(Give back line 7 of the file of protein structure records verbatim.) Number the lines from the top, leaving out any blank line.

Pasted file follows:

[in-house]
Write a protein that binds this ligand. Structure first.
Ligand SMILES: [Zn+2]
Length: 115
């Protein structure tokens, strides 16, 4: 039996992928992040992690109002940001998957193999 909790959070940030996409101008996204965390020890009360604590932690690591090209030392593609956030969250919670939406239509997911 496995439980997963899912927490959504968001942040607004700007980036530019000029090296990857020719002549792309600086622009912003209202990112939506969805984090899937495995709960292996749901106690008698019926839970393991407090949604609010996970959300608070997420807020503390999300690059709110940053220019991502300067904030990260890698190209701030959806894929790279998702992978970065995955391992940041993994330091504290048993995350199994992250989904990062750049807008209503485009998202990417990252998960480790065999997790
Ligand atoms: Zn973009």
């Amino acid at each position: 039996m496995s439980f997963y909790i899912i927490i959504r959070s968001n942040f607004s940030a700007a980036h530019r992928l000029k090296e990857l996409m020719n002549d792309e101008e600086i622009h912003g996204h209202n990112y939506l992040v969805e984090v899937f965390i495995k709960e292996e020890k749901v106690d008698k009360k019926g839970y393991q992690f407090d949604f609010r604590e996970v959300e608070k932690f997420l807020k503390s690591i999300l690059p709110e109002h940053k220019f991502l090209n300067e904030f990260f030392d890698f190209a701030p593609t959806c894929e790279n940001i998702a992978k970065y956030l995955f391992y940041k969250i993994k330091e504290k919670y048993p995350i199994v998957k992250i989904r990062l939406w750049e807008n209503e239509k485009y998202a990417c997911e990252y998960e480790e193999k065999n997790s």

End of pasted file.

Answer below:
């Amino acid at each position: 039996m496995s439980f997963y909790i899912i927490i959504r959070s968001n942040f607004s940030a700007a980036h530019r992928l000029k090296e990857l996409m020719n002549d792309e101008e600086i622009h912003g996204h209202n990112y939506l992040v969805e984090v899937f965390i495995k709960e292996e020890k749901v106690d008698k009360k019926g839970y393991q992690f407090d949604f609010r604590e996970v959300e608070k932690f997420l807020k503390s690591i999300l690059p709110e109002h940053k220019f991502l090209n300067e904030f990260f030392d890698f190209a701030p593609t959806c894929e790279n940001i998702a992978k970065y956030l995955f391992y940041k969250i993994k330091e504290k919670y048993p995350i199994v998957k992250i989904r990062l939406w750049e807008n209503e239509k485009y998202a990417c997911e990252y998960e480790e193999k065999n997790s």